Radiation therapy is an important cancer treatment. At least half of the cancer patients in the United States receive radiation therapy every year. X-rays are often used in radiation therapy. How are X-rays produced? How do we use X-rays to treat cancer? This article answers these questions and explains the physics behind radiation therapy.
What is Cancer?
The human body is made of cells. Normally, cells grow, divide, do their jobs, and eventually die. Cells divide to produce new cells, and the new cells replace the old cells that are dying or dead. A balanced rate of cell replacement is the key to proper organ function, growth, and aging.
For reasons that are not yet clear to scientists, sometimes cells start to divide uncontrollably. Some of these cells become cancer cells. Uncontrollable division of cells can create a solid mass of cells called tumor, which can grow and invade other body tissues. Tumors can affect organ function and may lead to death.
Surgery, chemotherapy, and radiation therapy are the main treatments used to fight cancer. Surgery aims to remove the tumor, but other treatments aim to destroy the cancer cells. DNA contains the instructions for life and is present inside most cells, even cancer cells. Destroying the DNA may kill the cell, so many cancer therapies, such as chemotherapy and radiation, focus on destroying the DNA inside cancer cells . Every year, 50–60% of cancer patients in the United States receive radiation therapy . Radiation can be produced in various ways. One of them is to use a machine called a medical linear accelerator (LINAC), which produces X-rays.
How Are X-rays Produced?
Before we go into the details of how a LINAC works, let’s talk about electrons. Electrons, together with protons and neutrons, are the basic components of everything that we see: the earth, water, computers, human bodies, and everything else! If we take a wire, like the kind from an old-fashioned light bulb, and heat it, electrons will come off the wire. The wire effectively becomes so hot that electrons “boil off” its surface. Now we have some “free” electrons. Electrons have negative charges, so they are attracted to positive charges. The LINAC uses this property to give electrons lots of energy and make them move at extremely high speeds in an accelerating waveguide. The energy of electrons is measured in electron-volts. The voltage from a typical wall socket in your home ranges from 100 to 240 volts, depending on which part of the world you live in. A LINAC, however, accelerates the electrons to an energy equivalent of millions of volts.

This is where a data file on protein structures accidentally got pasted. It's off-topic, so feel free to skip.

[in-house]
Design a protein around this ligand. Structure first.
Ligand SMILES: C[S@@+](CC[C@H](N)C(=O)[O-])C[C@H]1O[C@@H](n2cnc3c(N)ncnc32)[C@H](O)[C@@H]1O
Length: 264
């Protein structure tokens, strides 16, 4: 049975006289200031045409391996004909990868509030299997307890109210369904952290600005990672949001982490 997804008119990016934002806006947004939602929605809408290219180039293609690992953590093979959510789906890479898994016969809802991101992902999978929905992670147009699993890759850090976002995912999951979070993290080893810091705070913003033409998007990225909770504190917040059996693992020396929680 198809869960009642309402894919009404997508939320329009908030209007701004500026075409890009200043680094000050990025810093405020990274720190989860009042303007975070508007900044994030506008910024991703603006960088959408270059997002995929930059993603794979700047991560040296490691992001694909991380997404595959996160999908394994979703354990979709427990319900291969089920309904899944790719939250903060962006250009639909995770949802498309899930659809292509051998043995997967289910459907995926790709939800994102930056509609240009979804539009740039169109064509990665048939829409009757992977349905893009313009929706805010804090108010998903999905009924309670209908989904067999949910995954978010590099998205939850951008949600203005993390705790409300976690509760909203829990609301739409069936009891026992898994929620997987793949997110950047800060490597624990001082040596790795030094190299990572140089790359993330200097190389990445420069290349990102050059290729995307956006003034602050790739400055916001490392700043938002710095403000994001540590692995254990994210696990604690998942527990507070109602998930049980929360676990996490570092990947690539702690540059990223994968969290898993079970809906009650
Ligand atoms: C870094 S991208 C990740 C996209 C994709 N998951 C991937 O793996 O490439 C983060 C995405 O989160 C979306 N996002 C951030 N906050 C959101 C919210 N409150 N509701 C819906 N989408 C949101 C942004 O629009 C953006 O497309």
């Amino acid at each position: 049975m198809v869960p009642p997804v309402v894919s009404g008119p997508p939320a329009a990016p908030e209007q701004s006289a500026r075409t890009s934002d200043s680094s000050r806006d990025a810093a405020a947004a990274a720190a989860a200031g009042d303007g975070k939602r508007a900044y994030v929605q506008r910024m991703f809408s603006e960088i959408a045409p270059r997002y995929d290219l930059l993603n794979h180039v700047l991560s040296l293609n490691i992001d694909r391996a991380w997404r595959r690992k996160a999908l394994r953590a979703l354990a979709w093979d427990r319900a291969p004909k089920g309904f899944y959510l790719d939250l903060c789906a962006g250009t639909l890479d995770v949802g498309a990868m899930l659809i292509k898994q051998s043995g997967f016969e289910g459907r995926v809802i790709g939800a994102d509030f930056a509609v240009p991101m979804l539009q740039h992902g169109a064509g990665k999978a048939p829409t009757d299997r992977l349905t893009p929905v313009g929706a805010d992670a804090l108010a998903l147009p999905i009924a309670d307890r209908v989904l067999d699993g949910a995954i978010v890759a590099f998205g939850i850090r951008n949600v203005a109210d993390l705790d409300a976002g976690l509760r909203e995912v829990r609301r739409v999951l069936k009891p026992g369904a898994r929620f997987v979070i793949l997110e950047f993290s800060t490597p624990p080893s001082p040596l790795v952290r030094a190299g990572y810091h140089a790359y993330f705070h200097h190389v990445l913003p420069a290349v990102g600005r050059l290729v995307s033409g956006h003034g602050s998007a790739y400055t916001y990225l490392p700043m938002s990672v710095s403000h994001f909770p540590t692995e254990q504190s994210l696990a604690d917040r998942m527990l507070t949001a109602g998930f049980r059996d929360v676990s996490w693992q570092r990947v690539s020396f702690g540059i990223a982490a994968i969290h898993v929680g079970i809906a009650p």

Inside the LINAC, these extremely fast-moving electrons will hit a target, which is usually made of tungsten. Tungsten is a dense metal, packed with protons and electrons. What happens when all those fast-moving electrons hit the tungsten target? They may interact with the protons and electrons of the target and give off energy. Energy has different forms, including light, heat, and speed. Part of the energy created when electrons slam into the tungsten target is emitted in the form of X-ray radiation . Figure 1 shows a diagram of a LINAC, with a patient on the treatment table.
Treating Cancer With X-rays
X-rays are a type of light that cannot be seen by humans the way blue and red light can. Due to their high energy, X-rays can penetrate deeply into—or even go right through—human bodies. Just like clear or partially tinted glasses are transparent to visible light, most parts of the human body are transparent to X-rays.
You may have heard that light is both a wave and a particle—and although this might sound confusing, it is true! Light particles are called photons. To help us better understand X-rays, we will have to think of them as particles. Human bodies are almost transparent to X-rays, which means some of the photons go right through human bodies as if nothing is there. Some photons, however, bump into and interact with the protons and electrons of the body. Just like with tungsten in the LINAC, energy is given off when these particles collide with each other. The energy emitted is so high that it can damage the DNA of both normal cells and cancer cells (Figure 2). Once there is enough damage to a cell, it will either die immediately or will not be able to divide to produce new cells.